"The Philosophy of Spiritual Activity", written in 1894, is a fundamental treatment of Steiner's philosophical outlook.
Together with "Truth and Science" and "The Riddles of Philosophy" it might be considered as one third of a philosophical trilogy.
The emphasis of the book is not on “freedom” as ordinarily understood, but is on “freiheit” or what might be termed freeness. This freeness is a self-starting, self-directing activity of a spiritual sort. Here, the term “spiritual” is used in a sense not incompatible with the use of the word in the tradition of the German idealistic school of philosophy. This seminal work asserts that free spiritual activity - understood as the human ability to think and act independently of physical nature - is the suitable path for human beings today to gain true knowledge of themselves and of the universe.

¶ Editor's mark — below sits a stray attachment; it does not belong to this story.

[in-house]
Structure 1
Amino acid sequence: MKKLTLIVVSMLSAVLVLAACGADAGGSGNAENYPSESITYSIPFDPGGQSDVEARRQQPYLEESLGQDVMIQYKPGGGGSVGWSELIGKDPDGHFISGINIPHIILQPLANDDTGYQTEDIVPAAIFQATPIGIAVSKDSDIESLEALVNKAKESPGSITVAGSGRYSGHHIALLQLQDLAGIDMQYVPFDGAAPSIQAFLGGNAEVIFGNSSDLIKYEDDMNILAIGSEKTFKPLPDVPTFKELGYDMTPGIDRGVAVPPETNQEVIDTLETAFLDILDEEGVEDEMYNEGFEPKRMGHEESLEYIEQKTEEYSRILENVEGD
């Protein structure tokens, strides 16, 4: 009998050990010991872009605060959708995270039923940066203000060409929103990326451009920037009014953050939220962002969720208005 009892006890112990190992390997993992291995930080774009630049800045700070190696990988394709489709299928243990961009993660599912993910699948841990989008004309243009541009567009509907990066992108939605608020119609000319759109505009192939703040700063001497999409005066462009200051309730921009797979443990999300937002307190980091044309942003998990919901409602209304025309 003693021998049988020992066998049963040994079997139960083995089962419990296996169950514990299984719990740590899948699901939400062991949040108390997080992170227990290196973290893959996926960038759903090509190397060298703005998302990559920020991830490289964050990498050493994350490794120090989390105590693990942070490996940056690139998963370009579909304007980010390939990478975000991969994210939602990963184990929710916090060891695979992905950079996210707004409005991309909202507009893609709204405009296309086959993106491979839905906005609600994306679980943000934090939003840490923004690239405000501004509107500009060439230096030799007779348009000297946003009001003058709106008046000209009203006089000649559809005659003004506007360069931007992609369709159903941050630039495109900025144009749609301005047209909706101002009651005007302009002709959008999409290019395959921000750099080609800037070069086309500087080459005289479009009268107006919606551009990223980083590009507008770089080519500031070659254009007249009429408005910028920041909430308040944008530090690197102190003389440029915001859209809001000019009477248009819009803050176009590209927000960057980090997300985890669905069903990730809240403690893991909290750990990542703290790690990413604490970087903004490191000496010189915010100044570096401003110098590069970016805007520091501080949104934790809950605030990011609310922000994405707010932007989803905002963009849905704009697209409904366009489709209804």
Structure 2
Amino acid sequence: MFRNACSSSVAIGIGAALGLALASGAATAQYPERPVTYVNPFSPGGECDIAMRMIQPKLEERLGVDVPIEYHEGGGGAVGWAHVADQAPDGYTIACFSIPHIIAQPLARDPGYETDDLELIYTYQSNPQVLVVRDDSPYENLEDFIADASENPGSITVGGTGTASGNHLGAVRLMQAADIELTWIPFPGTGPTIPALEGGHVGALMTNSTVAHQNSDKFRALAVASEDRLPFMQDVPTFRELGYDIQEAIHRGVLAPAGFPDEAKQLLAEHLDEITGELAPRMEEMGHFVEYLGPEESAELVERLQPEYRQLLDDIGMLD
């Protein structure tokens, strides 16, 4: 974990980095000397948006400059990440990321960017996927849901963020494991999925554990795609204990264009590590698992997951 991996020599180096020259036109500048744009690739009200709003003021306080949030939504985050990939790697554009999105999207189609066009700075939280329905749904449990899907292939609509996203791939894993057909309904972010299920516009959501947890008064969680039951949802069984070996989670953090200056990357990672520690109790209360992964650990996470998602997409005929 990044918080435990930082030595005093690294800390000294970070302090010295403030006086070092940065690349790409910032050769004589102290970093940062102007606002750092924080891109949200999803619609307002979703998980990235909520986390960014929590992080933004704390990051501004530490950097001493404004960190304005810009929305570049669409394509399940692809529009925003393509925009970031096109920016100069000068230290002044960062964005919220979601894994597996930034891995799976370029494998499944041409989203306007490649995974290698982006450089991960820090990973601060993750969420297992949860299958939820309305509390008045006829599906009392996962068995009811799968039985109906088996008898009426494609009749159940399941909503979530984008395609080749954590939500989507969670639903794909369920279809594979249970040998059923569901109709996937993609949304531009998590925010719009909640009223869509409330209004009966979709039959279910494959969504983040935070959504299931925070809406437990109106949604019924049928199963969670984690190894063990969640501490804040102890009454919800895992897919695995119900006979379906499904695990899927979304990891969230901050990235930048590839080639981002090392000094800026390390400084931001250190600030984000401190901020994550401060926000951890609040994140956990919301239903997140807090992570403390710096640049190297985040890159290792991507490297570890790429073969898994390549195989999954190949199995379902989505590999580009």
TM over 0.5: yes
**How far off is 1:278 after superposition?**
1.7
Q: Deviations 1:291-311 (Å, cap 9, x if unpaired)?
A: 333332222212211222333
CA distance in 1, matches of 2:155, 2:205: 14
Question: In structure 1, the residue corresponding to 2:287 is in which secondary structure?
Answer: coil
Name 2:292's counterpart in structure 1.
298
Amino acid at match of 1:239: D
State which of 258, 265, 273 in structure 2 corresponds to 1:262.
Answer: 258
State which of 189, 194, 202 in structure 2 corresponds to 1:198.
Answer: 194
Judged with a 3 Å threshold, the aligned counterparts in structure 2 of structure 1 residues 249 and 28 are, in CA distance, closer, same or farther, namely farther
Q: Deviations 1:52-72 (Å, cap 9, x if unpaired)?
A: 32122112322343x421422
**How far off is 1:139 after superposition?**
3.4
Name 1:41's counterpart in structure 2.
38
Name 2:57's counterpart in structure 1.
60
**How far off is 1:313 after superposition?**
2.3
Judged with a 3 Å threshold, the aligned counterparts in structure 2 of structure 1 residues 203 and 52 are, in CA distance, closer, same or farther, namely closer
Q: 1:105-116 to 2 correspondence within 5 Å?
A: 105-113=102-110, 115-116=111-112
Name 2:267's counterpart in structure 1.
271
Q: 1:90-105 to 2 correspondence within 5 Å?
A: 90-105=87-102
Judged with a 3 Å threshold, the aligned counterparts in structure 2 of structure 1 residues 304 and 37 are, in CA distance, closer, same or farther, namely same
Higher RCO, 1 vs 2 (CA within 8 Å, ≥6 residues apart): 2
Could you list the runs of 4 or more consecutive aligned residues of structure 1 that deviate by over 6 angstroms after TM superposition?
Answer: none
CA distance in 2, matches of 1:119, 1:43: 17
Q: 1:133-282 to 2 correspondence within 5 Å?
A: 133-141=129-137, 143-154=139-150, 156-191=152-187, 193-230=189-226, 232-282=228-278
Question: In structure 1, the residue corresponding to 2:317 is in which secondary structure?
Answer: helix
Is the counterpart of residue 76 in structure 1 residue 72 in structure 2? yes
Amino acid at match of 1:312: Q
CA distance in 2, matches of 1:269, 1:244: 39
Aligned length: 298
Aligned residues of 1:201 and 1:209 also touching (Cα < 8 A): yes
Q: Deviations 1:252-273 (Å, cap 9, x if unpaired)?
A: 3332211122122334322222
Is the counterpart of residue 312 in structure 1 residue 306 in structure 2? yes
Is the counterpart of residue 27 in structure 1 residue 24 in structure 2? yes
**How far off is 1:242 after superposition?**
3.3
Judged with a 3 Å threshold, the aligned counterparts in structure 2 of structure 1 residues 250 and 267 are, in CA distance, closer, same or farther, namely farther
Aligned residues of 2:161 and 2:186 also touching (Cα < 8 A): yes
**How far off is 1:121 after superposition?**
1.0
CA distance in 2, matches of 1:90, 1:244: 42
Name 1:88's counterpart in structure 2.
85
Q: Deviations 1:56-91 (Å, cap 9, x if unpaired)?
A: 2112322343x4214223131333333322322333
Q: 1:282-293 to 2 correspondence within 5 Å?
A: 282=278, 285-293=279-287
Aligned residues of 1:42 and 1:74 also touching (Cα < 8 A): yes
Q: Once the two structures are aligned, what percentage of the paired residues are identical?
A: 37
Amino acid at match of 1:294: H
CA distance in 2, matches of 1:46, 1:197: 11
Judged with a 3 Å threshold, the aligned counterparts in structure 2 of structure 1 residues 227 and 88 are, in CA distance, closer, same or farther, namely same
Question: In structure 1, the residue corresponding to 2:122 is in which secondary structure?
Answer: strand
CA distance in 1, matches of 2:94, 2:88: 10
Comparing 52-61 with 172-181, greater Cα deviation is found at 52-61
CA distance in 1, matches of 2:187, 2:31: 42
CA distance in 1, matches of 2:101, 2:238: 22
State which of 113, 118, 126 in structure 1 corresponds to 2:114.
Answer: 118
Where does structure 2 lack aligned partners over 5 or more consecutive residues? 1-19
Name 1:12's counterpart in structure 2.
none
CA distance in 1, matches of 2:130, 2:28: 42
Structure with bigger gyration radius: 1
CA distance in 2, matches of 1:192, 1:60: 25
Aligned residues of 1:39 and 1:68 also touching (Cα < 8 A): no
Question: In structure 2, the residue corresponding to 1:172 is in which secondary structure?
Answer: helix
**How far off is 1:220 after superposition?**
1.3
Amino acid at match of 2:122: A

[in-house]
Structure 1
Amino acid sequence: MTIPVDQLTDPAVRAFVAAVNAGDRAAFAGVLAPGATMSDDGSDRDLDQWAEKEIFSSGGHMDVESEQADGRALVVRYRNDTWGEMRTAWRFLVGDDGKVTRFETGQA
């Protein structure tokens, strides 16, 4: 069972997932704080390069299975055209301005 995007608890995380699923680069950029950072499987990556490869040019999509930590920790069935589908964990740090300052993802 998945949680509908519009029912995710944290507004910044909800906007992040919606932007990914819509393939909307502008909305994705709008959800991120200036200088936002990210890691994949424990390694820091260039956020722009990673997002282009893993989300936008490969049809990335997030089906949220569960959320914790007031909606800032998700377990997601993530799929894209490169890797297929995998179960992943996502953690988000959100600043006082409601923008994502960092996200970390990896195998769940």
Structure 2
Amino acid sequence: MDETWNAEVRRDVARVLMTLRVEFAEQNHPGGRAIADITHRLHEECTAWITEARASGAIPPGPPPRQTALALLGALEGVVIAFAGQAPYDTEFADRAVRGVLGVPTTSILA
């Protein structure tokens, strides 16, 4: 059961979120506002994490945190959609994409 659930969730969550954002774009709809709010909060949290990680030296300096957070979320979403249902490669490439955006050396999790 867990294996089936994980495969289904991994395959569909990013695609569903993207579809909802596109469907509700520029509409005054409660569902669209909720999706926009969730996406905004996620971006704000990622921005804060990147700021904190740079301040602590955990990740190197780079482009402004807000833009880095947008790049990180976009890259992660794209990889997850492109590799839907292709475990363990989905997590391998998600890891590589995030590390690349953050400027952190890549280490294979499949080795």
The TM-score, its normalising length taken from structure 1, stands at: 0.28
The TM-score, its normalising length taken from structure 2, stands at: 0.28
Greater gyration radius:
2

Of all of his works, "The Philosophy of Spiritual Activity" is the one that Steiner himself believed would have the longest life and the greatest spiritual and cultural consequences.
It was written as a phenomenological account of the results of observing the human soul according to the methods of natural science.